Reminiscences - Part XIV
by Michael Rogers
The Bateman China Accumulation
In 1982, I became a China stamp dealer overnight when I purchased the
Bateman China accumulation. I had a massive inventory of postal history and
stamps from classics to new issues, including rarities and highly
specialized material alongside mountains of the mundane. Though I'd
collected China, nothing could have prepared my quivering nerves from the
exhilaration of spending so much money on material that I had won in
competitive bidding against other dealer and the challenge to market
Early on I ran across a Scandinavian dealer's pocket-sized pricelist listing
every stamp except the rarities. The pricelist ramped up to handbook status
within the 32 pages by including charts and pictures on difficult issues to
catalogue. Inspirational! My pricelist #9 of October 1984 ran to 28 pages,
covering China 1878-1949, Taiwan, Provinces, Occupations & Offices. A
China 1878 5 candarin used cost $7 and a mint $1 red revenue cost $120. I
had plenty of 10 cent items too.
I resolved to hire the best I could. Borrowing from my Winter Park Stamp Shop staff, I had the charming though sometimes irascible Bob Womack. Folks used to say of Bob that he could place his finger on a stamp and tell you the watermark! Willy Dow would commute from Jacksonville a few days a week in 1983. A life long association was made with Joe Cartafalsa beginning in 1983. All good people who helped immensely.
I knew from my days as an employee, helping bring in the home-run, but feeling like an also-ran. The conundrum came with the first employees: how to compensate, over and beyond. It seemed to me a given that folks worked for fair compensation and benefits but ought to share when the business does well. I thought it over, coming up with a profit-sharing plan at year end. Everyone feels like a part-owner and we have a happy crew.
Working with the Bateman material proved daunting. With 20-20 hindsight, I wish that I had developed a talent for Chinese philately slowly so that I would have been better prepared to merchandise the Bateman material. Wouldn't it be a perfect world if we could look in a catalogue for guidance for everything Chinese? Problem is, so much isn't listed in a catalogue, and then there's postal history. An example of one of China's most elusive stamps, the PRC North China "Large 5" was found in a Chicago stamp dealer's nickel box some years ago. As a local, it is not found in Scott. The finder handed it to us for certification and sale by public auction (Yang NC2 $40,000).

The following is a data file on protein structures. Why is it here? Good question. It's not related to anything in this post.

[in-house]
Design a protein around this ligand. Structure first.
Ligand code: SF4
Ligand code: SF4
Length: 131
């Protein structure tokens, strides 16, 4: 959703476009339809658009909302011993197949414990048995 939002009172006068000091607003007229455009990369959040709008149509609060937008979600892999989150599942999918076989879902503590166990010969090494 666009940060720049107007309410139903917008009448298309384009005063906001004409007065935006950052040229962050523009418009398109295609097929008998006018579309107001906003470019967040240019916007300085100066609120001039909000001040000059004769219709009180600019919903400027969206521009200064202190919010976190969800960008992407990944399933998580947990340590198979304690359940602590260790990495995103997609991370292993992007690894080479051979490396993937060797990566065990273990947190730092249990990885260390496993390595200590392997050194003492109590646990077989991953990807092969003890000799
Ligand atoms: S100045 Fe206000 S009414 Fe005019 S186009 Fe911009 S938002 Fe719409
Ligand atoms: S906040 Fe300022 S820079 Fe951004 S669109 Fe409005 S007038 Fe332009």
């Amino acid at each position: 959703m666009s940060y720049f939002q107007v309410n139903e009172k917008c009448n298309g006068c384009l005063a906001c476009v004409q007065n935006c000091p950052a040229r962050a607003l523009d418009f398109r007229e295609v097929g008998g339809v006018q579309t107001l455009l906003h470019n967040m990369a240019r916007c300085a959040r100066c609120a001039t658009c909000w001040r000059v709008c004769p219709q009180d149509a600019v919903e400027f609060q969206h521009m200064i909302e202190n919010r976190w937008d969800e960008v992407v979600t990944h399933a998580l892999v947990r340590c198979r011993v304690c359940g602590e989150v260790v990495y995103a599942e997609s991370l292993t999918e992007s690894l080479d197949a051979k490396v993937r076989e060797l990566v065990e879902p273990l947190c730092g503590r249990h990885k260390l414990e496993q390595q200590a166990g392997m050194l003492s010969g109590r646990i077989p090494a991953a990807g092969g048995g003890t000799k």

I wanted to publish. My thinking was literature for an intermediate collector. I was serving my market: coming up with time-saving catalog correlations, designing album pages, writing philatelic columns, reprinting classic literature, editing great reads. Surely not making money but learning, making friends along the way and paving the way.
As a Caucasian that didn't read Chinese characters, or at the time, have anyone Chinese working by my side, I was having a tough time recognizing Chinese characters to read postmarks. Musing how the Chinese arranged multiple words, I got together with a Chinese exchange student, Yang Jan-Syau. We organized key Chinese cities by the number of strokes in the first character. Many hundreds of cities were chosen, organized by province, then by first character, with Wade-Giles, Pin-Yin and PRC spellings. Jan provided a guide to identify a Chinese character with the seven elements of written strokes. Chinese year numbering is explained. And there's an English-Chinese philatelic dictionary.
Early 1986 we ran off a couple hundred sets of photo copies, distributing them gratis to collectors. Reaction was pretty swift. Loved it, hated it. I'd added Joe Sousa, the former Society of Philatelic Americans executive, to staff for good advice. Joe felt it needed more. Jan had returned to college. Our notion to render the first effort into a book went dormant for months.
One morning on a whim, I phoned in a press release to Linn's, announcing the publication of our philatelic dictionary & handbook. Bounding up the stairs, I excitedly told Joe: "Now we've got the finish it!" And you know what? The finished product was only a week overdue!
The place names could now be found on upgraded bilingual maps found in the rear of the second edition. There are notes on Treaty Ports and a Historic Note of Chinese Provinces. But! We forgot the title page and index.
This second edition sold five thousand copies over the course until 1988's third edition. John Dunn reviewed it for his stamp column in the New York Times Book Review. You'll find worn examples of this long out of print book in the National Postal Museum and philatelic libraries.
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